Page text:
Job Title: Former President & CEO
Company: EPCOR Utilities Inc. (Retired)
Mentor Since: Fall 2016
Will Mentor: Graduate Students
EPCOR, President & CEO | 2013 - 2015
DWS Professional Consulting, Principal | 2012 - 2013
El Paso Electric Company, CEO | 2008 - 2012
Cascade Natural Gas, President & CEO | 2005 - 2007
Southern Union Gas Company, Various, up to COO | 1984 - 2005
Various for-profit and not-for-profit Boards, throughout career
Canadian Institute of Corporate Directors, Corporate Directorship in | 2015
The University of Texas at Austin, BSCHE in Chemical Engineering | 1982
Mentoring Objectives & Scope
I am asked all the time by friends, young engineers and young professionals how I was able to become a CEO. I love talking about leadership and what makes a great leader. During my career, I have been led by people that I despised and those I would walk through fire to assist. I have read most of the books, but I really don’t believe you learn leadership from reading a book. It has to be experienced.
For a number of years, I have given speeches and talks on the importance of ethical behavior in business. These all started from the fact I was co-president of a fraternity at the University of Texas at Austin with the person who later became the Chief Accounting Officer for ENRON who ended up in jail for several years. I try and take my personal knowledge of this situation and explain how this might have happened and how to prepare yourself to avoid the pitfalls.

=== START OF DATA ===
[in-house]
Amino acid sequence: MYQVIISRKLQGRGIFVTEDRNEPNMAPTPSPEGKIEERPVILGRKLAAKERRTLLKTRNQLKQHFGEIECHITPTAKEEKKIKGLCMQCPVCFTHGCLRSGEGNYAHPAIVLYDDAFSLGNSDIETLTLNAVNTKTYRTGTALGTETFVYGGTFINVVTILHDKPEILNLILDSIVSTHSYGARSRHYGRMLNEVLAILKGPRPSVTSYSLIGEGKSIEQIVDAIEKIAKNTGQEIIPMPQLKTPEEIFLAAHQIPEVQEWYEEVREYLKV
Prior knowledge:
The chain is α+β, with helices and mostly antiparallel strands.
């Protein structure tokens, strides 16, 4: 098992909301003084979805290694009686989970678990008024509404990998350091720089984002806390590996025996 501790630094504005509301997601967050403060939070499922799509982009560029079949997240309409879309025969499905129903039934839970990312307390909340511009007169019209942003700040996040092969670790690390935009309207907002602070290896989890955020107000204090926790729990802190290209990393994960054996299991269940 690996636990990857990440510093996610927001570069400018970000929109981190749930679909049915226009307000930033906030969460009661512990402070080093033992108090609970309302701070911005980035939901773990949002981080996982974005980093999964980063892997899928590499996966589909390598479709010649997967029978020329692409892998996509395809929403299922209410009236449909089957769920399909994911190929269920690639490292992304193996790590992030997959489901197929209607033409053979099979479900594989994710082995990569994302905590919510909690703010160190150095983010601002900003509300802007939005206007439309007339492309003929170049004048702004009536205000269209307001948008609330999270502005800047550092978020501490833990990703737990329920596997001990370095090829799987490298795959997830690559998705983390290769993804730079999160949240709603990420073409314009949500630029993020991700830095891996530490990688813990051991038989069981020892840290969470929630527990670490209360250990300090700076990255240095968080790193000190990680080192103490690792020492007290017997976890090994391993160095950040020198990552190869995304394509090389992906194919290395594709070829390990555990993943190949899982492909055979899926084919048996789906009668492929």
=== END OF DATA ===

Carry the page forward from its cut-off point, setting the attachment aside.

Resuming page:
Lastly, I love talking about having fun at work while still maintaining a professional atmosphere and work environment. There are a number of ways to do this without jeopardizing the Company or its goals.
When and where do you hold meetings with your students?
Eastside is preferable, but not required. Also, since I am retired, I am pretty open on times considering traffic.
Both of my parents came from very humble beginnings and taught me the value of preparation and hard work. I started working at 13 and have only recently started to slow down. Due primarily to my mother’s influence, I value education tremendously and believe it is one of the only tools we have to solve many of societal ills. (My mother was a lifelong teacher.) I also believe in compassion to your fellow human beings which came from my dad. He never looked down on anyone in his life and taught me to always do a good job regardless of whether I was sweeping floors or making an acquisition. His teachings about seeing the best in everyone and treating them appropriately has allowed me to be very successful as a leader throughout my career.